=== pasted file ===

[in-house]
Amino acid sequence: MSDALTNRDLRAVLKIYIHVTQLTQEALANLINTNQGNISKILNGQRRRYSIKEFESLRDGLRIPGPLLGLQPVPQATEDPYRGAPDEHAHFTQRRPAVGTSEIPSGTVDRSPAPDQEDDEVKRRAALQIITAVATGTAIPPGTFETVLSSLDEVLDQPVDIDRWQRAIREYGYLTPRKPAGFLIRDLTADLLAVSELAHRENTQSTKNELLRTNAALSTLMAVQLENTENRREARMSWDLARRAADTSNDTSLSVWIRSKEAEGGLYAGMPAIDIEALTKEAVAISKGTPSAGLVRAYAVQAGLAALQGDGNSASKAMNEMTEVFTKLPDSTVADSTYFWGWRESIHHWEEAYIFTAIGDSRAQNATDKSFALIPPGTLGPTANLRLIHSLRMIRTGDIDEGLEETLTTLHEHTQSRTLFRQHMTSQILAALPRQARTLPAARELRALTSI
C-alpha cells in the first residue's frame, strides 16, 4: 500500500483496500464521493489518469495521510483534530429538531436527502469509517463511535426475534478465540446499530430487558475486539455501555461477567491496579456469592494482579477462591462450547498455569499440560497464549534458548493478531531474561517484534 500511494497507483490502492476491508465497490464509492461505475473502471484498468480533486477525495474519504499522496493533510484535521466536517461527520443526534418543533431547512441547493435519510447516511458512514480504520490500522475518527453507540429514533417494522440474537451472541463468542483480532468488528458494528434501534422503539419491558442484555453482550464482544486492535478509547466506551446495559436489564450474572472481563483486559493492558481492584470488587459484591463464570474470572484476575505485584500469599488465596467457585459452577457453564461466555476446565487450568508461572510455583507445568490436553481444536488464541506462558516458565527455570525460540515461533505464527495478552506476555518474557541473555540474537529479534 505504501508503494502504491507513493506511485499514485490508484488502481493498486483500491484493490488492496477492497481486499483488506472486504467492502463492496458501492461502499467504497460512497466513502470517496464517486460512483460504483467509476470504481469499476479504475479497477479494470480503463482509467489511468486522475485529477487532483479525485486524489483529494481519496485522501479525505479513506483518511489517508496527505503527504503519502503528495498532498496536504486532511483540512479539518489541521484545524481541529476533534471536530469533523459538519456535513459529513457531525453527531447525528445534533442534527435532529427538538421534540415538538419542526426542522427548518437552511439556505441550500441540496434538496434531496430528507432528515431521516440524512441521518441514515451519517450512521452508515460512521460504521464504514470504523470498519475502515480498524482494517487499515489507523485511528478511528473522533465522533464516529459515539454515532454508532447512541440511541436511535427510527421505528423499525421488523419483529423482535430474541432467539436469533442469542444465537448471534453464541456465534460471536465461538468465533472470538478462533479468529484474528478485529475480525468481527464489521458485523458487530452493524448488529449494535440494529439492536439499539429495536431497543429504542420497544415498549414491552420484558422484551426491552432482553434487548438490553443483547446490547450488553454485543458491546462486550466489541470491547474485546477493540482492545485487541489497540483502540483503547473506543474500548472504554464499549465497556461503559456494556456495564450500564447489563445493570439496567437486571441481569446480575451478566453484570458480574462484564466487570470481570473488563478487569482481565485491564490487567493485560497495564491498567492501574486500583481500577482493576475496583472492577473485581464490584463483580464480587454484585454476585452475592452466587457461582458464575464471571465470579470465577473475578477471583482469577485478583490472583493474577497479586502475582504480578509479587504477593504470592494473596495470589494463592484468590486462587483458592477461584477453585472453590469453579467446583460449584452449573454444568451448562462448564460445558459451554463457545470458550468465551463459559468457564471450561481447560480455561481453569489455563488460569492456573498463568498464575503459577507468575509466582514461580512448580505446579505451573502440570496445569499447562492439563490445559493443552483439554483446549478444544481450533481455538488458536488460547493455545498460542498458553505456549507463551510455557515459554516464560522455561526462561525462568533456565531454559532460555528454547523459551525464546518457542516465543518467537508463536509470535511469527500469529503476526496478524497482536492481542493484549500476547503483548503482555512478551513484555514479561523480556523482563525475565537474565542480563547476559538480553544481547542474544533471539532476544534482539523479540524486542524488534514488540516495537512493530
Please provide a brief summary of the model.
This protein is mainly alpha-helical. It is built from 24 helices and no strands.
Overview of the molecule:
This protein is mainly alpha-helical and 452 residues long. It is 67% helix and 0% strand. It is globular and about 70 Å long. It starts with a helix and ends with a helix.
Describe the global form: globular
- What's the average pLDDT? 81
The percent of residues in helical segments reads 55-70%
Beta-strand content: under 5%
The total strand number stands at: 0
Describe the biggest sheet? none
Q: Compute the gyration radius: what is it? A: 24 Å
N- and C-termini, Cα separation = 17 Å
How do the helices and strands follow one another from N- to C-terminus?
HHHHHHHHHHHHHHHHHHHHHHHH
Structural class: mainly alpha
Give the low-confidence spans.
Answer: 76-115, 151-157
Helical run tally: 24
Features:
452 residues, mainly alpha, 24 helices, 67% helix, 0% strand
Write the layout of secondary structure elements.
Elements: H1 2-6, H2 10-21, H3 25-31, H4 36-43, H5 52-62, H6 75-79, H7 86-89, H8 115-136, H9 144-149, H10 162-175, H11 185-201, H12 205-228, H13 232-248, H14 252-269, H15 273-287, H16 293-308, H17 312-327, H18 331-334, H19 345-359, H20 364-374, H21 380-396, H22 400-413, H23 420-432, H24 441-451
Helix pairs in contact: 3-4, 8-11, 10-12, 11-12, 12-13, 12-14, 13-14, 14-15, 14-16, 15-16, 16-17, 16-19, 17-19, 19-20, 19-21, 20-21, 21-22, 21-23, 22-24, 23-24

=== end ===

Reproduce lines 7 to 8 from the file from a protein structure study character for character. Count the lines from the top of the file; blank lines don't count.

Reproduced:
This protein is mainly alpha-helical and 452 residues long. It is 67% helix and 0% strand. It is globular and about 70 Å long. It starts with a helix and ends with a helix.
Describe the global form: globular